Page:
by Jani Radebaugh
Though it's hard to leave Australia, let's turn our attentions to another planetary analog location: the North Island of New Zealand. This is one of the more volcanically active locations in the world, with several active stratovolcanoes (steep-sided volcanoes, like Mount Fuji or Mount St. Helens), a fairly young caldera (large volcanic depressions from super eruptions, think Yellowstone), and hydrothermal fields with colorful hot pots and geysers. My interest in volcanoes stems from my studies of Jupiter's innermost satellite, Io, which has hundreds of active volcanoes dotting its surface. On Io, we see interactions between silicate lavas, like basalts, and sulfur, a volatile that exists in abundance on the surface of Io. Sulfur in its different forms and combinations on Io creates a variety of colors, ranging from red to yellow to orange, and even green and black. We like to visit similar features on Earth so we can see these relationships up close.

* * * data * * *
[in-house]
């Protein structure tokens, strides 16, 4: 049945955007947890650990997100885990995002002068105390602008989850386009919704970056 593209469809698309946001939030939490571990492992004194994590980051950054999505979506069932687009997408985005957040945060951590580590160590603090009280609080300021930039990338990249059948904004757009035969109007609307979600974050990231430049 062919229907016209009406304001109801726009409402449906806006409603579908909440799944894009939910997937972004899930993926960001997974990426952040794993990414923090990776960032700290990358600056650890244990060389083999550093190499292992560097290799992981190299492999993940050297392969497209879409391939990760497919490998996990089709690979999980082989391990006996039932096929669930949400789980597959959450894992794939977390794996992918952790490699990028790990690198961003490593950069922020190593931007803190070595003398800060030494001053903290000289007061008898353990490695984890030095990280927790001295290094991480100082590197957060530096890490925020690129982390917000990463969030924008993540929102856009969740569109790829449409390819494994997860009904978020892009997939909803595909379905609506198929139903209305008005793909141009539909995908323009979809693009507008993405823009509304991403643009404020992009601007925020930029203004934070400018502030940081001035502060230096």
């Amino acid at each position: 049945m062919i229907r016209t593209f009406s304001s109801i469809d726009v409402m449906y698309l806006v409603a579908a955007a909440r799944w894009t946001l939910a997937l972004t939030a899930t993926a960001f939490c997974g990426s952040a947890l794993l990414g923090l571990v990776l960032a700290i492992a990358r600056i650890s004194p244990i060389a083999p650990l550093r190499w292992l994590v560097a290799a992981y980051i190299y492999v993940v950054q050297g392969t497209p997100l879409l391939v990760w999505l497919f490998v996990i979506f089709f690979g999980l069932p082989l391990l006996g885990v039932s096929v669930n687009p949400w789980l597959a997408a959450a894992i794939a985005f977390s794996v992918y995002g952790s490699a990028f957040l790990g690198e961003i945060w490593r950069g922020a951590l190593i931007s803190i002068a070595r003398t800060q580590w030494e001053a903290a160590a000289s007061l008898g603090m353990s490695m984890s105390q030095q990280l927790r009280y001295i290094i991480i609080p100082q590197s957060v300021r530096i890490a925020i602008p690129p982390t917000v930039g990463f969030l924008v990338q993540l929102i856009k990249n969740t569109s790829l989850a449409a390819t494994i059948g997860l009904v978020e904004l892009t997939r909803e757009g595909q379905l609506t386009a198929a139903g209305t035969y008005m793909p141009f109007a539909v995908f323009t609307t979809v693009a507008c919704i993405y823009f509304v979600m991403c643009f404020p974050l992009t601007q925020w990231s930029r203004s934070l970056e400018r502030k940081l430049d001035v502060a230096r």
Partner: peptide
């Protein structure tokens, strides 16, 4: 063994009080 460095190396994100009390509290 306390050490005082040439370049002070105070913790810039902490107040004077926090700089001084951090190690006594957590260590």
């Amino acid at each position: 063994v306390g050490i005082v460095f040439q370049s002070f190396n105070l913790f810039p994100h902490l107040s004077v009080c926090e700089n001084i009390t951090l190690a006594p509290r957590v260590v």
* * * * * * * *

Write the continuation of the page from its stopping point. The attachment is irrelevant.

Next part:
The active volcano White Island is located just 30 or so miles off the north coast of New Zealand. The island is privately owned, and you can access it by helicopter or small aircraft, but I opted to travel out to visit by boat last February. The tours are run by Pee Jays, an organized and knowledgeable group that helps you really make the most of your experience at the volcano. The boat approaches the volcano through a breach in the 2 km wide summit caldera, so you can actually step right inside the caldera. This is the summit caldera of a stratovolcano, a steep-sided volcano made up of basalts and andesites (slightly more silica than basalt), the rest of which is below the ocean surface. Once inside the caldera, you can walk right up into the gaping maw of the active volcano, with gushing steam vents and flowing rivers of acid water. The Pee Jays guides provided us with gas masks - a mere precaution, I thought - but I used mine probably a dozen times. At active volcanoes, there are many toxic gases emitted from the volcano, primarily CO2 and SO2 and H2S, so it's good to have along gas masks.